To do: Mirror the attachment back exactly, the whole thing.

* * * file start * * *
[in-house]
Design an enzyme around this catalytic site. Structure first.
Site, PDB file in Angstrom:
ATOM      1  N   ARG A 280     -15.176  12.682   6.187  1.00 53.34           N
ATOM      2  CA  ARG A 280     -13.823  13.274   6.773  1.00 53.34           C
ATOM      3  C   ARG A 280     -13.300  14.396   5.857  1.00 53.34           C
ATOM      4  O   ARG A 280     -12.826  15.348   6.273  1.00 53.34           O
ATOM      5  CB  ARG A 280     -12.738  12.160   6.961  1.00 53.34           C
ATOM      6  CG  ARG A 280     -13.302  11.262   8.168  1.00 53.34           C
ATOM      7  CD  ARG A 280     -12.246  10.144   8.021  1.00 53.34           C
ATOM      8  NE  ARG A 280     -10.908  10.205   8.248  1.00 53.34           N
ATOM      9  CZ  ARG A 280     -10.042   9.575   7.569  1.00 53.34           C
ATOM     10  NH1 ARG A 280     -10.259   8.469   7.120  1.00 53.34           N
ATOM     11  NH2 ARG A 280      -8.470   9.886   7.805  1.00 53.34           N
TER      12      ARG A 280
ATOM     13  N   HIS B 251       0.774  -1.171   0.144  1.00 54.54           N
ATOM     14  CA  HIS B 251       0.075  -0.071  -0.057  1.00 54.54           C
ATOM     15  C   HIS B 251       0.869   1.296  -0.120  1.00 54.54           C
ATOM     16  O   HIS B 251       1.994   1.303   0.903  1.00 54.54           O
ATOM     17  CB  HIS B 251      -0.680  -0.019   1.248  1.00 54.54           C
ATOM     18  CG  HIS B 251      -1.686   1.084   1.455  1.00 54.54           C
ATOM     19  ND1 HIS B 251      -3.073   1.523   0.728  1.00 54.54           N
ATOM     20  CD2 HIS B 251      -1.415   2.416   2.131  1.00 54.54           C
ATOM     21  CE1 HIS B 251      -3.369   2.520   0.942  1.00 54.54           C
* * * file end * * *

[in-house]
Design an enzyme around this catalytic site. Structure first.
Site, PDB file in Angstrom:
ATOM      1  N   ARG A 280     -15.176  12.682   6.187  1.00 53.34           N
ATOM      2  CA  ARG A 280     -13.823  13.274   6.773  1.00 53.34           C
ATOM      3  C   ARG A 280     -13.300  14.396   5.857  1.00 53.34           C
ATOM      4  O   ARG A 280     -12.826  15.348   6.273  1.00 53.34           O
ATOM      5  CB  ARG A 280     -12.738  12.160   6.961  1.00 53.34           C
ATOM      6  CG  ARG A 280     -13.302  11.262   8.168  1.00 53.34           C
ATOM      7  CD  ARG A 280     -12.246  10.144   8.021  1.00 53.34           C
ATOM      8  NE  ARG A 280     -10.908  10.205   8.248  1.00 53.34           N
ATOM      9  CZ  ARG A 280     -10.042   9.575   7.569  1.00 53.34           C
ATOM     10  NH1 ARG A 280     -10.259   8.469   7.120  1.00 53.34           N
ATOM     11  NH2 ARG A 280      -8.470   9.886   7.805  1.00 53.34           N
TER      12      ARG A 280
ATOM     13  N   HIS B 251       0.774  -1.171   0.144  1.00 54.54           N
ATOM     14  CA  HIS B 251       0.075  -0.071  -0.057  1.00 54.54           C
ATOM     15  C   HIS B 251       0.869   1.296  -0.120  1.00 54.54           C
ATOM     16  O   HIS B 251       1.994   1.303   0.903  1.00 54.54           O
ATOM     17  CB  HIS B 251      -0.680  -0.019   1.248  1.00 54.54           C
ATOM     18  CG  HIS B 251      -1.686   1.084   1.455  1.00 54.54           C
ATOM     19  ND1 HIS B 251      -3.073   1.523   0.728  1.00 54.54           N
ATOM     20  CD2 HIS B 251      -1.415   2.416   2.131  1.00 54.54           C
ATOM     21  CE1 HIS B 251      -3.369   2.520   0.942  1.00 54.54           C